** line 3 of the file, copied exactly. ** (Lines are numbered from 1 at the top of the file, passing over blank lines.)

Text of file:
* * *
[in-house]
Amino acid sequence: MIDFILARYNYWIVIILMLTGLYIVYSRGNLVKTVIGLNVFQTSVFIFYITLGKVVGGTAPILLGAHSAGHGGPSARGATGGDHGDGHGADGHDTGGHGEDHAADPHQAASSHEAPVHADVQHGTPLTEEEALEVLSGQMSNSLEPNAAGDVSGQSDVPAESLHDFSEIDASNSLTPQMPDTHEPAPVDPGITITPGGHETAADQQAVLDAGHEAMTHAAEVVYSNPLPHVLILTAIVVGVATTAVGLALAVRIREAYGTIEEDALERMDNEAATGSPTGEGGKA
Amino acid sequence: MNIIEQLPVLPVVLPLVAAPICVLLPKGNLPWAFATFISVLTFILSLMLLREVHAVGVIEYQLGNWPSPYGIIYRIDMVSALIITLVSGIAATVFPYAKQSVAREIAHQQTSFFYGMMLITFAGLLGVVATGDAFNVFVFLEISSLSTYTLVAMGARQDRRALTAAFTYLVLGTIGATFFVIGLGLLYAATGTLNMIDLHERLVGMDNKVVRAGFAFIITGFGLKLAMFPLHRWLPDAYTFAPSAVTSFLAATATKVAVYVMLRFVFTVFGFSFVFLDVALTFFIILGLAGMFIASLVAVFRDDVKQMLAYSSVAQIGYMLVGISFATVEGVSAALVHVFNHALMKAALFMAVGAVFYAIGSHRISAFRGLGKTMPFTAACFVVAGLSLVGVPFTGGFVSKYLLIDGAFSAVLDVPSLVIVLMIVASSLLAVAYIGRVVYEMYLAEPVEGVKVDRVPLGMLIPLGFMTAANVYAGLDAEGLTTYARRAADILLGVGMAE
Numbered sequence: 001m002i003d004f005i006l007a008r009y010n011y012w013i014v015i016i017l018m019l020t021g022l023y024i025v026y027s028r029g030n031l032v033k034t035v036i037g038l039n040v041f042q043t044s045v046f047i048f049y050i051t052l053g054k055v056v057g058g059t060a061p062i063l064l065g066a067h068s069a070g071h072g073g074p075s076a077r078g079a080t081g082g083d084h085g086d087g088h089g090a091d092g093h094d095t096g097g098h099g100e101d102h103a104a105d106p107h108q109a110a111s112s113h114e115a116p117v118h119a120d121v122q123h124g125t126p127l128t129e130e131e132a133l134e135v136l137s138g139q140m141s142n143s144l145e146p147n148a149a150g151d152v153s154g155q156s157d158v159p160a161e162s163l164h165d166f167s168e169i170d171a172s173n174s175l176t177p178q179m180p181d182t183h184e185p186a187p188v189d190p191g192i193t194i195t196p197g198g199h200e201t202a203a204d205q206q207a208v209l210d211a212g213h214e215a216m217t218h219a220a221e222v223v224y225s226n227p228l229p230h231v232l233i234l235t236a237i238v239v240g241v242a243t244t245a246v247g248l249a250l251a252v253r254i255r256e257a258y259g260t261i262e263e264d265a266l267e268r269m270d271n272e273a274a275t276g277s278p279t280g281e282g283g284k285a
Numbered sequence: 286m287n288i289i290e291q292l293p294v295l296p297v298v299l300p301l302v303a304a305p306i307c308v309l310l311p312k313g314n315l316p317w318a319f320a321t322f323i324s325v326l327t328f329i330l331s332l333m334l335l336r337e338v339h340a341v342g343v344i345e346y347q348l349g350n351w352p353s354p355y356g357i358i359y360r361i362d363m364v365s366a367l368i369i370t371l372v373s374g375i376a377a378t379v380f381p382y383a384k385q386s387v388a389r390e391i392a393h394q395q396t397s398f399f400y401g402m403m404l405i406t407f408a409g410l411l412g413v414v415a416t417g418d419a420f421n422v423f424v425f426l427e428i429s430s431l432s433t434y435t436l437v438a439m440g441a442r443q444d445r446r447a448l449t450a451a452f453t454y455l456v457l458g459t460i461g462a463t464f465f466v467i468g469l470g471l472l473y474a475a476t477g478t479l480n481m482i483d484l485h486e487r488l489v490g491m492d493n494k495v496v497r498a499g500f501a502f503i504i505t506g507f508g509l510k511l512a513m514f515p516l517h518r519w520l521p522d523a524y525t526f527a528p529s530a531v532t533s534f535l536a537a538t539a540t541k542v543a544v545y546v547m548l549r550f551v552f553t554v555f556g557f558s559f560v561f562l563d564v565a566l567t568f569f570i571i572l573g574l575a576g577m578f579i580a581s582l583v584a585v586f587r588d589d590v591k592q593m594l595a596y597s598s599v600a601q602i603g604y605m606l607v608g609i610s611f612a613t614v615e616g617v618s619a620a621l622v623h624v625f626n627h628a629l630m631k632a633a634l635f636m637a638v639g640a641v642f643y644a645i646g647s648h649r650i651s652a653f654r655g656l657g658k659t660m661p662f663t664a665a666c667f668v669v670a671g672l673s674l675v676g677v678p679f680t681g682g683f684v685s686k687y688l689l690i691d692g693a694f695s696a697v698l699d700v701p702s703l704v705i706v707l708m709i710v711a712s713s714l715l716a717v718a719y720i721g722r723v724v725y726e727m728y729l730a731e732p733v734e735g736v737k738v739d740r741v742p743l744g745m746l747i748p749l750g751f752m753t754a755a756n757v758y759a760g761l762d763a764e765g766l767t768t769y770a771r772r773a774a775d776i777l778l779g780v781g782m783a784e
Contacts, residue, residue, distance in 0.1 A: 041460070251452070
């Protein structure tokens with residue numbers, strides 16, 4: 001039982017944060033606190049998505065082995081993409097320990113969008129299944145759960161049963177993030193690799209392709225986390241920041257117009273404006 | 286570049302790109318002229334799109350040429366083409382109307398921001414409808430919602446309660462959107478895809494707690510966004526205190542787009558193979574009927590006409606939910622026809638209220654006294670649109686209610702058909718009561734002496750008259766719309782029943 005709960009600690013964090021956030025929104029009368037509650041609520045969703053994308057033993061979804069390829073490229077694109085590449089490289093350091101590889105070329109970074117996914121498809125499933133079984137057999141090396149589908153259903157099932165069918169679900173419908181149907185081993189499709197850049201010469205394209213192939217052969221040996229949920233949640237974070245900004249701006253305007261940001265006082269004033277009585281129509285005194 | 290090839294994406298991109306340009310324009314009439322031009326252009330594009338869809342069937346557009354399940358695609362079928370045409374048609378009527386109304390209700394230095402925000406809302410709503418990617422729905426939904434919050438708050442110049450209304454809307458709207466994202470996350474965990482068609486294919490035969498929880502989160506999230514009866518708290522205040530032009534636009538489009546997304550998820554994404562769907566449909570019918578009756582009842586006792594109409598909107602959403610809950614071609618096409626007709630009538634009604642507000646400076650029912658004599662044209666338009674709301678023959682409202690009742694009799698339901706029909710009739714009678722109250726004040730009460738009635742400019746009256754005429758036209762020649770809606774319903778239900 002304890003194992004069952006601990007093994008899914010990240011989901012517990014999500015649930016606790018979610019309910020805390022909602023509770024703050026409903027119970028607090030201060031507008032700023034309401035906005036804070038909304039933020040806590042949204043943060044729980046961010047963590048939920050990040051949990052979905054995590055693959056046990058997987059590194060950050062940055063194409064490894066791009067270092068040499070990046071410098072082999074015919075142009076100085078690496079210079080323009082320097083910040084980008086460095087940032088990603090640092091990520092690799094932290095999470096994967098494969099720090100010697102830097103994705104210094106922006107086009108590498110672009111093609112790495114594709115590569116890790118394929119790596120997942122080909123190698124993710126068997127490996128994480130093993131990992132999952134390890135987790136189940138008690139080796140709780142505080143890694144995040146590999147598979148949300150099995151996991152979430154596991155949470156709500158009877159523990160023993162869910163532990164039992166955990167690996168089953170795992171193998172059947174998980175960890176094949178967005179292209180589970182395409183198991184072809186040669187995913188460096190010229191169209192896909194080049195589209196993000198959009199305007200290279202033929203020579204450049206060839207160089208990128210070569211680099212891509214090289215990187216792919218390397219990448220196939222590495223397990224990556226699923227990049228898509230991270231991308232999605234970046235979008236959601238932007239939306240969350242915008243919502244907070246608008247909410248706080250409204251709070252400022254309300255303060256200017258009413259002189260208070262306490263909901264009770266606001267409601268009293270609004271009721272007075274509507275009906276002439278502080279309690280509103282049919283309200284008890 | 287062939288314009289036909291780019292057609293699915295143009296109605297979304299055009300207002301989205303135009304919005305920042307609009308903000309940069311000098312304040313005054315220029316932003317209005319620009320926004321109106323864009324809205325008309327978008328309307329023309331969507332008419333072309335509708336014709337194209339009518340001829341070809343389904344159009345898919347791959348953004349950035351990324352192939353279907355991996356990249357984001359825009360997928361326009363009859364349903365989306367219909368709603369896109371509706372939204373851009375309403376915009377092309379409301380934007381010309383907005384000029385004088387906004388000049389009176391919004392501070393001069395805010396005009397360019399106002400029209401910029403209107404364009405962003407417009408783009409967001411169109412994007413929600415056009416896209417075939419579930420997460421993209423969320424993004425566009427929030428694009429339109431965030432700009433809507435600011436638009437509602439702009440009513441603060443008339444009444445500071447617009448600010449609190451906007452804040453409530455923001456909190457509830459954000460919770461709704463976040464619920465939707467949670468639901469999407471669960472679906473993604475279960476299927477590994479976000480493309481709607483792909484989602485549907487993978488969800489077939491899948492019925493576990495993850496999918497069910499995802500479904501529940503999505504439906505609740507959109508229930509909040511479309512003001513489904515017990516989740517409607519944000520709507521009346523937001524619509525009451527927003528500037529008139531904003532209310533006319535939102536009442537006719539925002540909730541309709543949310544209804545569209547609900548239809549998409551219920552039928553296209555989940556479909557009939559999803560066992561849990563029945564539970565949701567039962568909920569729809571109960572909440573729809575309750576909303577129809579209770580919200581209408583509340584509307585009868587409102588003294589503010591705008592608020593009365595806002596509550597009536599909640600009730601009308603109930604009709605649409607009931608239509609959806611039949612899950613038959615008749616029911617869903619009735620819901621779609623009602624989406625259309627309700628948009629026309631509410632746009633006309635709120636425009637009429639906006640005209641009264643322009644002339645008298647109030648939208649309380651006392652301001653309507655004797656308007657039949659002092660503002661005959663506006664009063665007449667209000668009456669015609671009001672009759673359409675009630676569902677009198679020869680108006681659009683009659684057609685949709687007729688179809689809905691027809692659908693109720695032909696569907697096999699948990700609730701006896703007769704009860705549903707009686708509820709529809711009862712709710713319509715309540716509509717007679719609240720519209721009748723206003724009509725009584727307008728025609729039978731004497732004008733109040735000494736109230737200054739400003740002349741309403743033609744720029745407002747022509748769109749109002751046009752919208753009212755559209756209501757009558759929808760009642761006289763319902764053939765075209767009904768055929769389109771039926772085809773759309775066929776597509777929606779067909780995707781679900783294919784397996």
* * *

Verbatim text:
Amino acid sequence: MNIIEQLPVLPVVLPLVAAPICVLLPKGNLPWAFATFISVLTFILSLMLLREVHAVGVIEYQLGNWPSPYGIIYRIDMVSALIITLVSGIAATVFPYAKQSVAREIAHQQTSFFYGMMLITFAGLLGVVATGDAFNVFVFLEISSLSTYTLVAMGARQDRRALTAAFTYLVLGTIGATFFVIGLGLLYAATGTLNMIDLHERLVGMDNKVVRAGFAFIITGFGLKLAMFPLHRWLPDAYTFAPSAVTSFLAATATKVAVYVMLRFVFTVFGFSFVFLDVALTFFIILGLAGMFIASLVAVFRDDVKQMLAYSSVAQIGYMLVGISFATVEGVSAALVHVFNHALMKAALFMAVGAVFYAIGSHRISAFRGLGKTMPFTAACFVVAGLSLVGVPFTGGFVSKYLLIDGAFSAVLDVPSLVIVLMIVASSLLAVAYIGRVVYEMYLAEPVEGVKVDRVPLGMLIPLGFMTAANVYAGLDAEGLTTYARRAADILLGVGMAE